LONDON/MONROVIA (Reuters) - West Africa's Ebola epidemic constitutes an international health emergency and the virus, which has killed nearly 1,000 people, could continue spreading for months, the World Health Organization (WHO) said on Friday.
"The outbreak is moving faster than we can control it," the WHO's director-general Margaret Chan told reporters on a telephone briefing from the WHO's Geneva headquarters.
The U.N. agency's declaration, which follows criticism that it has done too little to fight the disease, is aimed at raising the level of vigilance about the virus which has hit hardest in Guinea, Liberia and Sierra Leone.
The agency said all states with Ebola transmission should declare a national emergency in the face of an outbreak it deemed "particularly serious" but there should be no general ban on international travel or trade.
"The declaration ... will galvanize the attention of leaders of all countries at the top level. It cannot be done by the ministries of health alone," Chan said.
The WHO has been accused of failing to respond fast enough to the outbreak, which it said on May 18 could be declared over by May 22. It has since become more conservative in its predictions, said head of health security,Keiji Fukuda.
"At that point we thought that it was likely that it would come under control based on our experience. This outbreak has developed in ways we have not seen before," Fukuda told reporters.
"The likelihood is that things will get worse before they get better," he said, adding that the WHO is prepared for an outbreak that persists at a high level for months.
Medical charity Medecins Sans Frontieres (MSF) said the declaration showed WHO's seriousness in tackling the outbreak but added that statements should be translated into action.
"For weeks, MSF has been repeating that a massive medical, epidemiological and public health response is desperately needed to saves lives," said Bart Janssens, MSF Director of Operations.
RESTRICTIONS CAUSE HARDSHIP
Ebola has no proven cure and there is no vaccine to prevent infection, so the best treatment is focused on alleviating symptoms such as fever, vomiting and diarrhea.
Its spread could be stopped with the right steps and measures to deal with infected people, Fukuda said, but it was important that anyone known to have Ebola should be immediately isolated and treated in isolation for 30 days.
The European Union said on Friday it is increasing by an additional 8 million euros ($10.7 million) its efforts to contain Ebola and governments in the region have taken increasingly tough measures in a bid to thwart the disease.
The army in Sierra Leone on Thursday blockaded rural areas hit by Ebola while neighboring Liberia declared a state of emergency. But some local people said the restrictions, while necessary, risked increasing their economic hardship.
In one example, about 30 military officers armed with AK-47s guarded a checkpoint blocking a line of trucks laden with goods from traveling from Montserrado County to the rest of Liberia.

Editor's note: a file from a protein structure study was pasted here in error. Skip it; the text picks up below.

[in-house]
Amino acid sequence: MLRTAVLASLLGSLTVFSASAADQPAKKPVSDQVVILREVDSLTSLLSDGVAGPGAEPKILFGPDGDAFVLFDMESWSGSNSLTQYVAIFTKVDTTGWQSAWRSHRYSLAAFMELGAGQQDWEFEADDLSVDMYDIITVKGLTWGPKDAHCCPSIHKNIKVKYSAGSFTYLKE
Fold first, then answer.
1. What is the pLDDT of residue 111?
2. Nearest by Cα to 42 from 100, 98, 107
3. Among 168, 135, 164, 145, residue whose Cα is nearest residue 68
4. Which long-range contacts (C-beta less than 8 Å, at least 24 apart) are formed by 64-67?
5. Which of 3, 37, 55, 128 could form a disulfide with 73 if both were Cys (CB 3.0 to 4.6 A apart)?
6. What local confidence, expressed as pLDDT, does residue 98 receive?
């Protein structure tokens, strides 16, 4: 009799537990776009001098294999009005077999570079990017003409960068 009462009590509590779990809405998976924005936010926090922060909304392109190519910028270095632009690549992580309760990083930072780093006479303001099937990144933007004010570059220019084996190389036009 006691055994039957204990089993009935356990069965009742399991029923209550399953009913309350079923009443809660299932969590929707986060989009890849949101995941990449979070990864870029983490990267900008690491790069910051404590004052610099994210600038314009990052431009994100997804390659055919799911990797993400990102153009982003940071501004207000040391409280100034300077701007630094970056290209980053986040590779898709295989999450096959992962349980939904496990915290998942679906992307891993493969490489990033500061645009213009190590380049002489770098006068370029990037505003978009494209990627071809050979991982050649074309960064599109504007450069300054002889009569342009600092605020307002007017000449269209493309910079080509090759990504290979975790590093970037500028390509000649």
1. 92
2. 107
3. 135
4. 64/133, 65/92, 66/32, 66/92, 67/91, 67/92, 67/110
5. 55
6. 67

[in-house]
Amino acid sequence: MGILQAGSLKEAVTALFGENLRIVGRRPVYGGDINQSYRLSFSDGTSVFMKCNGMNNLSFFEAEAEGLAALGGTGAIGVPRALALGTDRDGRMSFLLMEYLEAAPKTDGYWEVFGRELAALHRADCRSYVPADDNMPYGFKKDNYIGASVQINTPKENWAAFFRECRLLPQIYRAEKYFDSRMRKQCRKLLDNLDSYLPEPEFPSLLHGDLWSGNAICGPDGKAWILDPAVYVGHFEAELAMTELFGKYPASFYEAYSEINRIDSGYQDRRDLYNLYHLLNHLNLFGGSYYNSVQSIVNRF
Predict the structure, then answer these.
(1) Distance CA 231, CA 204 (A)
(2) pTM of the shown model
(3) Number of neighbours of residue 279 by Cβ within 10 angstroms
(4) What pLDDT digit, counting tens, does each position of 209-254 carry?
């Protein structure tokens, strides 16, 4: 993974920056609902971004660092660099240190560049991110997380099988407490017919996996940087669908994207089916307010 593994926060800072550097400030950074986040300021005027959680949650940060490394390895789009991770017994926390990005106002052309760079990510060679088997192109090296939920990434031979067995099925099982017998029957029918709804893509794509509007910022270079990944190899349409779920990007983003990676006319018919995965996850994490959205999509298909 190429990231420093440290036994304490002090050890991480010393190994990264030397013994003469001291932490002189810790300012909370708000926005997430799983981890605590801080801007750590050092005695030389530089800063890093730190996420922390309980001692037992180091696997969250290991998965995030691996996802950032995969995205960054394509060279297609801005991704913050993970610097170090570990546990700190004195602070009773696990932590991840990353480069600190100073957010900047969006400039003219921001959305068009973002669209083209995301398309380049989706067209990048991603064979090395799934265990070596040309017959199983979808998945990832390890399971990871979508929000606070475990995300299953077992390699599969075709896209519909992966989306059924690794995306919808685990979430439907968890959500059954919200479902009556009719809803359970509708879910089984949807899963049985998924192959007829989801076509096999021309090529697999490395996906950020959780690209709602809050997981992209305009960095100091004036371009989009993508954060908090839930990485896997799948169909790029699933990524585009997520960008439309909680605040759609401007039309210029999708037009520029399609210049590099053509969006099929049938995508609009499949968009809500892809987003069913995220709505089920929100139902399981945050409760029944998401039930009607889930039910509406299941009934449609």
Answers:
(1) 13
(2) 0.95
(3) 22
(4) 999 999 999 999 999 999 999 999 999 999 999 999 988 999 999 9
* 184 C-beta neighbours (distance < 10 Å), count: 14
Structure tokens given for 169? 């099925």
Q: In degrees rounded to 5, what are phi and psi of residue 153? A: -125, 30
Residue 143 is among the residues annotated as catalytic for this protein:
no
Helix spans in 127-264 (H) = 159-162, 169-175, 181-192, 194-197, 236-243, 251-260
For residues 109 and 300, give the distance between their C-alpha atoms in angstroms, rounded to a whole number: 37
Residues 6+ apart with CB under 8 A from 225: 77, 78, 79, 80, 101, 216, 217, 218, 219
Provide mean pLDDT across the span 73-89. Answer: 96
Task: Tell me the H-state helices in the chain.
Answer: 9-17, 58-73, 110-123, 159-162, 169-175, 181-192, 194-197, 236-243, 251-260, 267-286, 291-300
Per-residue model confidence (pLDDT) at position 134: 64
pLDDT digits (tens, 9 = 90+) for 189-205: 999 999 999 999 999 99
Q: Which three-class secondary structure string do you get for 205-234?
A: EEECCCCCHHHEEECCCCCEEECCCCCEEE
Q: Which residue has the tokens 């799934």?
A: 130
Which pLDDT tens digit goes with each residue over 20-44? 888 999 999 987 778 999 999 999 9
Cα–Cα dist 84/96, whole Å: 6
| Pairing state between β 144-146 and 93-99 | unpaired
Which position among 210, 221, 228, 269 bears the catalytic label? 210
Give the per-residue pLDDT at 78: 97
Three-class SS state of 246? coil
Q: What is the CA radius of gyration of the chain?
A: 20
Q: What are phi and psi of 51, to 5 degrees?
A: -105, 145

One of the drivers, Sackie Sumo, said the closed road prevented him transporting his truckload of logs, which in turn meant he would not be paid.
"I feel bad. I need to get money to my family," he told Reuters.
Market seller Musa Kweh whose shared taxi had been stopped at the same checkpoint, also said she was unsure how she would generate income from her goods now that the market in Monrovia she was heading to was closed.
In an attempt to make some money from the potatoes and other goods, she spread them on the ground at the checkpoint to sell to passersby.
FRESH DEATH TOLL
The latest WHO figures on Friday showed the worsening toll. Some 1,779 people have been infected and 961 people have died in the most severe outbreak in the 40 years since it was first identified in humans.
This was partly because of weaknesses in the countries affected, where health systems are fragile and lacking in resources. The effort to contain the disease is also undermined by inexperience and misperceptions of the threat, the WHO said.
Although most cases of Ebola are in the remote area where Guinea borders Sierra Leone and Liberia, alarm over the spread of the disease increased last month when a U.S. citizen died in Nigeria after traveling there by plane from Liberia.
The U.S. State Department has ordered the departure of eligible family members from its embassy in the Liberian capital Monrovia in the light of the disease and said it was acting "out of an abundance of caution".
Concerns have spread to other countries. Ugandan health authorities on Friday said an Ebola suspect had tested negative, while a hospital in Benin's capital is treating a Nigerian man suspected of having contracted the disease.
After an experimental drug was administered to two U.S. charity workers who were infected in Liberia, Ebola specialists have urged the WHO to offer such drugs to Africans. The U.N. agency has asked medical ethics experts to explore this option next week.